A classroom analogy I use asserts that to pass the course, a student must not simply get 60%, but achieve total perfection in all respects: perfect attendance, no grammar mistakes or errant thoughts on any paper, and no wrong answers on any quiz or exam. What if “perfect or fail” was an academic requirement? Thankfully, I then talk about a scenario where a professor who set such a demanding standard also granted all of the students all the possible points on the very first day of class and submitted their grades. They would all “be” 100% A+ students. That identity would be “all professor, all grace, all gift.”

This is similar to the basis of Christian identity. Believers in Jesus Christ agree with Peter’s answer to Jesus’ question, “’Who do you say that I am?’ Simon Peter replied, ‘You are the Christ, the Son of the living God’” (Matthew 16:15-16). Those who acknowledge Jesus to be the Way, the Truth, and the Life (John 14:6) are then able to resolve questions about their own identity and purpose.

A couple Christian songs I regularly use in class grasp and then express this well. The first contains lyrics which answer our Enduring Question about God the Father. In line with Jesus’ numerous expressions, Chris Tomlin describes God as a “Good, Good Father. It’s who you are” (; e.g., 15 times in the Sermon on the Mount, Matthew 5-7; repeatedly in John’s Gospel). Then the lyrics profoundly swerve to the issue of our own personal identity. Who God is determines “who I am.” Similarly, in “I Am Who You Say I Am” by Ben Fielding and Reuben Morgan (, the title itself proclaims that personal identity is rooted in what God’s Word declares. The lyrics then rehearse what Jesus Christ, God’s Incarnate Word in action, has accomplished for us and for our salvation. In Christ, “I’m a child of God,” “chosen, not forsaken,” “set free,” “ransomed,” and so forth. Why? Because his own powerful and truthful Word pronounces it to “be” so. Once that “in Christ” identity is properly rooted, the answer to, “Who do you say that I am?” is firmly and eternally established.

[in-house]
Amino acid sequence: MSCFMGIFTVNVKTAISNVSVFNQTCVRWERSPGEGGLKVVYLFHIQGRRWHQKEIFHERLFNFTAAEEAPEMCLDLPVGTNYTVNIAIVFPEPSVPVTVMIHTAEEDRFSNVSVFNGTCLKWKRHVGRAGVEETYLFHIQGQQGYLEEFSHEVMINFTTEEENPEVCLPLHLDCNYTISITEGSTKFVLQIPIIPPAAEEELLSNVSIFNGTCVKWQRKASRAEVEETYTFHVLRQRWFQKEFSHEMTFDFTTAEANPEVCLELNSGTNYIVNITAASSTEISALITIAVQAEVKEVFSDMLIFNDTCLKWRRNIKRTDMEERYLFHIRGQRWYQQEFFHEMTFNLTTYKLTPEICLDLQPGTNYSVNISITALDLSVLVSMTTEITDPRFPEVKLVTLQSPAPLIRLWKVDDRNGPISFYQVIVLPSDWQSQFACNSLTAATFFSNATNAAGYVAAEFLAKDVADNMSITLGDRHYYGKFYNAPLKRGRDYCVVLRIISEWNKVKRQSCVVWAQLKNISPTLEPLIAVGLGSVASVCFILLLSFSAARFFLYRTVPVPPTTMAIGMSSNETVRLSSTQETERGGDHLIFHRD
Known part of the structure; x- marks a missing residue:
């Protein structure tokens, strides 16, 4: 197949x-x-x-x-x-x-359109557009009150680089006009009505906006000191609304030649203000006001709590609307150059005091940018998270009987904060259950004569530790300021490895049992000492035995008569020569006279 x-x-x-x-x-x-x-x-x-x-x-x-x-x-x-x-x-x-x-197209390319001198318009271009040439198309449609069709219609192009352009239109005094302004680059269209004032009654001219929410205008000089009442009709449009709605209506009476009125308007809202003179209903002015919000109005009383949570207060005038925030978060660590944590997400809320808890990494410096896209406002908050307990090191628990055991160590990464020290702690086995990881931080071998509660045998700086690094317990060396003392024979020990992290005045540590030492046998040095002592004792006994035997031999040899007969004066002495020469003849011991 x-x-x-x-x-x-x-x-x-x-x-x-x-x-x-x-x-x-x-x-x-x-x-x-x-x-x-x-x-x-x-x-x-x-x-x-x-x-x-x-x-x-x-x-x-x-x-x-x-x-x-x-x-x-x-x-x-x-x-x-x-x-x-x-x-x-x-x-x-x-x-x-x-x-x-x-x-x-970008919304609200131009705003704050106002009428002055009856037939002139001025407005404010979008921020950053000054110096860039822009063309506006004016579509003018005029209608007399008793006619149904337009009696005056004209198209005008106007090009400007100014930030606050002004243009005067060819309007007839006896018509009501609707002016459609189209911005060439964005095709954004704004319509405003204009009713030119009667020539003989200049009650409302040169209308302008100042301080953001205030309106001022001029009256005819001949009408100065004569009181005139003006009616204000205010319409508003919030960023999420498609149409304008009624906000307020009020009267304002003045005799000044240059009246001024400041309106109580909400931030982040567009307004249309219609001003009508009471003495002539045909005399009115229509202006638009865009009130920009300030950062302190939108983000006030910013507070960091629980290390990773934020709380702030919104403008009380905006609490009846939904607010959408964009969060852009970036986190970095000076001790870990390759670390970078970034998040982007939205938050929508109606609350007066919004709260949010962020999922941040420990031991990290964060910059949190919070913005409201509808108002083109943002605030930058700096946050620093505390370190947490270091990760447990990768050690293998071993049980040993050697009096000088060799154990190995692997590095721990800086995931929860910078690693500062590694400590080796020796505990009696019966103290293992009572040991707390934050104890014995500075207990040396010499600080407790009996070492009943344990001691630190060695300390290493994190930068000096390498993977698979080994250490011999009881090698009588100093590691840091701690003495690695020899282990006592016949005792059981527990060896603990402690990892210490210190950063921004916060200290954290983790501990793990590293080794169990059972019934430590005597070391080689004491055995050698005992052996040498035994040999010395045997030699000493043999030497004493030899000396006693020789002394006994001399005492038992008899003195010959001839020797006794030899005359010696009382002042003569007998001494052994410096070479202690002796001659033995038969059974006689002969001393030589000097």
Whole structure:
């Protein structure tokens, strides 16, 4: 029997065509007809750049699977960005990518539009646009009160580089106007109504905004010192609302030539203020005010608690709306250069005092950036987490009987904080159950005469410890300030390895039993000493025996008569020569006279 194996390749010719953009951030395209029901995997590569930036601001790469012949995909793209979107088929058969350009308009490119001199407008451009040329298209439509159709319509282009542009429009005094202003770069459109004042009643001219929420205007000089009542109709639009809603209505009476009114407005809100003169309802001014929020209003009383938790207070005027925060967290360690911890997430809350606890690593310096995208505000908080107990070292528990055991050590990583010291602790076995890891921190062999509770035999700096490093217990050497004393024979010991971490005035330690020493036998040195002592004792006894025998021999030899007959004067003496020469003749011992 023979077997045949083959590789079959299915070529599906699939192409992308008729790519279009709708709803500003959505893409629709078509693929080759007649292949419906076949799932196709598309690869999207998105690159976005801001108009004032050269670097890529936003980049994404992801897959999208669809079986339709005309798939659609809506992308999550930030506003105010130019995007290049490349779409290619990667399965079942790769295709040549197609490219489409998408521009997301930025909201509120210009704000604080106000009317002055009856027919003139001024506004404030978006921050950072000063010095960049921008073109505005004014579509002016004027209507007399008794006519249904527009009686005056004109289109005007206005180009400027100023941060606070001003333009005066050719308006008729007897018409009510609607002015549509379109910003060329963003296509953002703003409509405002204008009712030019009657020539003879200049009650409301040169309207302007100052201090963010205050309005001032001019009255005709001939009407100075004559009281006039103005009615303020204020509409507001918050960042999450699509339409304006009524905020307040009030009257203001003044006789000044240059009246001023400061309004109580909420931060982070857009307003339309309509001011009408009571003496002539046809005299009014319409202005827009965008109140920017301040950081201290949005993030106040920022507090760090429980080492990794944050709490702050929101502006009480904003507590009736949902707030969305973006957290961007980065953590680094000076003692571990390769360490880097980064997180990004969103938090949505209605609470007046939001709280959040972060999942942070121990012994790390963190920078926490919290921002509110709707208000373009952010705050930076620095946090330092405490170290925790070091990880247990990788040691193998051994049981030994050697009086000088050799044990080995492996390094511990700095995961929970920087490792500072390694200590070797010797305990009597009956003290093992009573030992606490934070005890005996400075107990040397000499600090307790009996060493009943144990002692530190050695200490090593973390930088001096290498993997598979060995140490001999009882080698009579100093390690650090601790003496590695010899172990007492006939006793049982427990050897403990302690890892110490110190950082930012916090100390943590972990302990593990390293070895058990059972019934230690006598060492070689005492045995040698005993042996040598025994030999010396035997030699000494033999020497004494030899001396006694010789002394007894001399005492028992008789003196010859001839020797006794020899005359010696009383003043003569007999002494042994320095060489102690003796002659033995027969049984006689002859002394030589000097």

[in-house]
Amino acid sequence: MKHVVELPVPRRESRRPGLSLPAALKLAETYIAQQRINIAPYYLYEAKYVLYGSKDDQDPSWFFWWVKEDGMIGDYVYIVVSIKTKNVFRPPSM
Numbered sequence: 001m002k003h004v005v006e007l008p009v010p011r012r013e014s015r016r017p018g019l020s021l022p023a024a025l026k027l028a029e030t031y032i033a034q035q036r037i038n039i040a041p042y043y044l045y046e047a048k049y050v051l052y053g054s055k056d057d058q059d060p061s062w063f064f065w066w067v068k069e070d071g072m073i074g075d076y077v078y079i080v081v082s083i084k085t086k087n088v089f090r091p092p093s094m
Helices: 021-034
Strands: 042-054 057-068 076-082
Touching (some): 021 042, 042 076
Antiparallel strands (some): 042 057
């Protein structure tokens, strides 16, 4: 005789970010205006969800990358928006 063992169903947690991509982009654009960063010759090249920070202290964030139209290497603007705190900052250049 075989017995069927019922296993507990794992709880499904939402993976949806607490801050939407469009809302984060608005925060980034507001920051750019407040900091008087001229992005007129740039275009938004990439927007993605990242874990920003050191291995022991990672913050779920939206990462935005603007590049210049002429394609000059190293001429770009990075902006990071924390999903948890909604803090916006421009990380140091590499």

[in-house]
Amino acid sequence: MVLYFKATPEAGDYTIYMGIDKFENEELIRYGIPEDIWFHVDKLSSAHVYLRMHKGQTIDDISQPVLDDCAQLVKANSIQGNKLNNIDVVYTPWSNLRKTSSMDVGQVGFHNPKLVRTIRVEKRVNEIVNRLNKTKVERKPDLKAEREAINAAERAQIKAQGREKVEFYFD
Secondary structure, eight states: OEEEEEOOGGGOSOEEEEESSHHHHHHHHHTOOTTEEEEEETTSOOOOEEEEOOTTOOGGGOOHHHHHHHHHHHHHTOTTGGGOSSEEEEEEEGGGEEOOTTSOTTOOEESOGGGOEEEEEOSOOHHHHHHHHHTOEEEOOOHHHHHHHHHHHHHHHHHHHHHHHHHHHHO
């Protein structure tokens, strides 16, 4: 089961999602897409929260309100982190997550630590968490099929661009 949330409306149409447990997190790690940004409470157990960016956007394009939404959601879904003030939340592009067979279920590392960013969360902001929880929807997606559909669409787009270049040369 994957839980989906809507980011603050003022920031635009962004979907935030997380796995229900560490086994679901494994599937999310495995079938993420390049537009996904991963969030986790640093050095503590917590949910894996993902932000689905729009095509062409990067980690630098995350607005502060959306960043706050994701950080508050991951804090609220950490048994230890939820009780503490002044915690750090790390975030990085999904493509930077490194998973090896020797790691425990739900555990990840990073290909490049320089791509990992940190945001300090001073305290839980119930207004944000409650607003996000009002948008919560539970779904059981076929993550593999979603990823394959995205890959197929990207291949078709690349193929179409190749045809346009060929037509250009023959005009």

Then what? Appropriately, Jesus’ followers follow. They “do” in light of who they already “be.” Scripture speaks this way repeatedly. Here are three examples found in consecutive verses of Ephesians. In each one, God’s action which establishes a relational identity with him happened first and foremost; the appeal to act responsively comes on that basis. In other words, because of who you be, do accordingly!

32 Be kind to one another, tenderhearted, forgiving one another, as God in Christ forgave you. 4:1Therefore be imitators of God, as beloved children. And walk in love, as Christ loved us and gave himself up for us, a fragrant offering and sacrifice to God  (Ephesians 4:32-5:1; ESV).

 To return to the classroom analogy, a professor who awarded straight “A plusses” on day one might sincerely hope the students would respond appropriately. Now that all the pressure and accompanying anxiety are gone, the students could freely “do” in line with who they already are. They could pursue knowledge earnestly, deepen their awareness of the subject, and learn from their classmates and professor, but no longer to prove or earn anything. Instead, they would do so because of the perfect identity given to them right at the beginning.

What would happen the rest of the semester? Diligent and disciplined learning in grateful response? It would be interesting to find out. After all, grace can be a risky business. It certainly was so for Jesus. But he considered us worth it. Thanks be to God!

Michael Middendorf is Professor of Theology at Concordia University Irvine